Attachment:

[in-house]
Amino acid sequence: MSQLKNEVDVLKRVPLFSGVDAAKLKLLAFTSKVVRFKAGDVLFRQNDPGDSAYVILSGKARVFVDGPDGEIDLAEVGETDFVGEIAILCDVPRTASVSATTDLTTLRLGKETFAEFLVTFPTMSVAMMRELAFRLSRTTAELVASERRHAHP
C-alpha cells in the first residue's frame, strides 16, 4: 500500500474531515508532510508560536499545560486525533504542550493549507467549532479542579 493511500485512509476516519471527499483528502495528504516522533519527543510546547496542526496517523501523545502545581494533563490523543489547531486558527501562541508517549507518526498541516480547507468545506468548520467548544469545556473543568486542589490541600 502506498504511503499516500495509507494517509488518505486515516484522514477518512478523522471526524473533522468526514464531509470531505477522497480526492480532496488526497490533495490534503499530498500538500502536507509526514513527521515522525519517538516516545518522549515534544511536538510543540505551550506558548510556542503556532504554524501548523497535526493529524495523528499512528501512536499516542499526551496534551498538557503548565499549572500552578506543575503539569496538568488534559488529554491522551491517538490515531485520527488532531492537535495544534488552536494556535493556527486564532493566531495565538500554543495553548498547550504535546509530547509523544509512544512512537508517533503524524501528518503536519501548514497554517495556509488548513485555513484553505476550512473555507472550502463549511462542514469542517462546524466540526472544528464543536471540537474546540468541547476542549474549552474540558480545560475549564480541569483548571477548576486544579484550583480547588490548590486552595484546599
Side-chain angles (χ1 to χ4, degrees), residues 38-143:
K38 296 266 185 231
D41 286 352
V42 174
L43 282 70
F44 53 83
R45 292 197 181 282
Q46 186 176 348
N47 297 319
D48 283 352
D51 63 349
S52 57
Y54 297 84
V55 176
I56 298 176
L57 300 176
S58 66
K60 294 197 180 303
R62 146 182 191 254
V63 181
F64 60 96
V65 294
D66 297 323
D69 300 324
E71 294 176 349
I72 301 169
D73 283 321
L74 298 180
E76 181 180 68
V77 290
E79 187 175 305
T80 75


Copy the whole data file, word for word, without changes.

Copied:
[in-house]
Amino acid sequence: MSQLKNEVDVLKRVPLFSGVDAAKLKLLAFTSKVVRFKAGDVLFRQNDPGDSAYVILSGKARVFVDGPDGEIDLAEVGETDFVGEIAILCDVPRTASVSATTDLTTLRLGKETFAEFLVTFPTMSVAMMRELAFRLSRTTAELVASERRHAHP
C-alpha cells in the first residue's frame, strides 16, 4: 500500500474531515508532510508560536499545560486525533504542550493549507467549532479542579 493511500485512509476516519471527499483528502495528504516522533519527543510546547496542526496517523501523545502545581494533563490523543489547531486558527501562541508517549507518526498541516480547507468545506468548520467548544469545556473543568486542589490541600 502506498504511503499516500495509507494517509488518505486515516484522514477518512478523522471526524473533522468526514464531509470531505477522497480526492480532496488526497490533495490534503499530498500538500502536507509526514513527521515522525519517538516516545518522549515534544511536538510543540505551550506558548510556542503556532504554524501548523497535526493529524495523528499512528501512536499516542499526551496534551498538557503548565499549572500552578506543575503539569496538568488534559488529554491522551491517538490515531485520527488532531492537535495544534488552536494556535493556527486564532493566531495565538500554543495553548498547550504535546509530547509523544509512544512512537508517533503524524501528518503536519501548514497554517495556509488548513485555513484553505476550512473555507472550502463549511462542514469542517462546524466540526472544528464543536471540537474546540468541547476542549474549552474540558480545560475549564480541569483548571477548576486544579484550583480547588490548590486552595484546599
Side-chain angles (χ1 to χ4, degrees), residues 38-143:
K38 296 266 185 231
D41 286 352
V42 174
L43 282 70
F44 53 83
R45 292 197 181 282
Q46 186 176 348
N47 297 319
D48 283 352
D51 63 349
S52 57
Y54 297 84
V55 176
I56 298 176
L57 300 176
S58 66
K60 294 197 180 303
R62 146 182 191 254
V63 181
F64 60 96
V65 294
D66 297 323
D69 300 324
E71 294 176 349
I72 301 169
D73 283 321
L74 298 180
E76 181 180 68
V77 290
E79 187 175 305
T80 75